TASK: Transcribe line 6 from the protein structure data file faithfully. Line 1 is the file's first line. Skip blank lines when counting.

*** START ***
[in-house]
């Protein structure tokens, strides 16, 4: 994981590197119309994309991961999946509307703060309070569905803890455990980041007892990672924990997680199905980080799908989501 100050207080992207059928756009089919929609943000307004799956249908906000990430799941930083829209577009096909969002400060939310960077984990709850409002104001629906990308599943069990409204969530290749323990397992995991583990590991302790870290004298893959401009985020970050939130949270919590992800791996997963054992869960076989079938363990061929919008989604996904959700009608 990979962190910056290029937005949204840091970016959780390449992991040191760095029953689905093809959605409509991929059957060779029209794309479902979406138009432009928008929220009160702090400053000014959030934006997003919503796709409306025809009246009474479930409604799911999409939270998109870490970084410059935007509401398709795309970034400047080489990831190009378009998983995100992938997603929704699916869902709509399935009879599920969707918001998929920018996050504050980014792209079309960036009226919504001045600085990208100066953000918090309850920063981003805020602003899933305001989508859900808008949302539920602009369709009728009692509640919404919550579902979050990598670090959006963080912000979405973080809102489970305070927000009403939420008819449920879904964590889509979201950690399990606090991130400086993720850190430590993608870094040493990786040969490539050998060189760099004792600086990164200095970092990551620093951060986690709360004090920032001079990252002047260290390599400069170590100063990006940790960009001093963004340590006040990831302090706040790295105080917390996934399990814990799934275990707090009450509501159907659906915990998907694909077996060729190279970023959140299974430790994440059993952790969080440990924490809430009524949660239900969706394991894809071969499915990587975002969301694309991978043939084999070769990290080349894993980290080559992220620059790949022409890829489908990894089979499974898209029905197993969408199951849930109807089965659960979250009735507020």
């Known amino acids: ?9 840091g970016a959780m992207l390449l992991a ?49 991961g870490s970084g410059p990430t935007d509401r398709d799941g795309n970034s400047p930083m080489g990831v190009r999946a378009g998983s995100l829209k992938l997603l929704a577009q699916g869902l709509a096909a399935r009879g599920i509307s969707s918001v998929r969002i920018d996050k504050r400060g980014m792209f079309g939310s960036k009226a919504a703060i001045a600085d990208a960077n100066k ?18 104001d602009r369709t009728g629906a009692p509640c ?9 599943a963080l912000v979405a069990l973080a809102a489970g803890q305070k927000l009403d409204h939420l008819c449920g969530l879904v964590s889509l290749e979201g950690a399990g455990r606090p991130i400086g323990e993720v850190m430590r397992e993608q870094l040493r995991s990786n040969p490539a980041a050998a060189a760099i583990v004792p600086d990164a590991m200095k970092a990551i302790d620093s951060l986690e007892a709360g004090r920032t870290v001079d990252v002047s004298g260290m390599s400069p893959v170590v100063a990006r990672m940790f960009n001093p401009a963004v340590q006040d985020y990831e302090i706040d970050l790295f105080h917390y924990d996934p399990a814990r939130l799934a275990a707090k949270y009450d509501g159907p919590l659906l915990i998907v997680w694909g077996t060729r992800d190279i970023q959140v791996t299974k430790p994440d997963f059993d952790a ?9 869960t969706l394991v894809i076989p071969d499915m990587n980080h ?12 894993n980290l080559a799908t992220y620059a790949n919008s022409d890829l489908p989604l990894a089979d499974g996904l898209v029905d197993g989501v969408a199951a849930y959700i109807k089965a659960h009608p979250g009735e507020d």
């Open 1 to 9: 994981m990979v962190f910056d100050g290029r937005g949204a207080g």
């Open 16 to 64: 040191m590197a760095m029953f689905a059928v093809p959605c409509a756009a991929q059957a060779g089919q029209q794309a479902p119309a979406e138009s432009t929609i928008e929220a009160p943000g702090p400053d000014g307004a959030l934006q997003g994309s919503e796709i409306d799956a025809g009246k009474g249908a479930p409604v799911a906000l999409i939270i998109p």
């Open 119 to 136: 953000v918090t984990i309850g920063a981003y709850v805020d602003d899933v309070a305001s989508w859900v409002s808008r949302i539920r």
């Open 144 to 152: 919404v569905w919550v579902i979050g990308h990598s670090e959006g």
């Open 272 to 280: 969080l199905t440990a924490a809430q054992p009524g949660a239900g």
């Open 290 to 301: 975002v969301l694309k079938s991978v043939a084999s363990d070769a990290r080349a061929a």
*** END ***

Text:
């Open 119 to 136: 953000v918090t984990i309850g920063a981003y709850v805020d602003d899933v309070a305001s989508w859900v409002s808008r949302i539920r």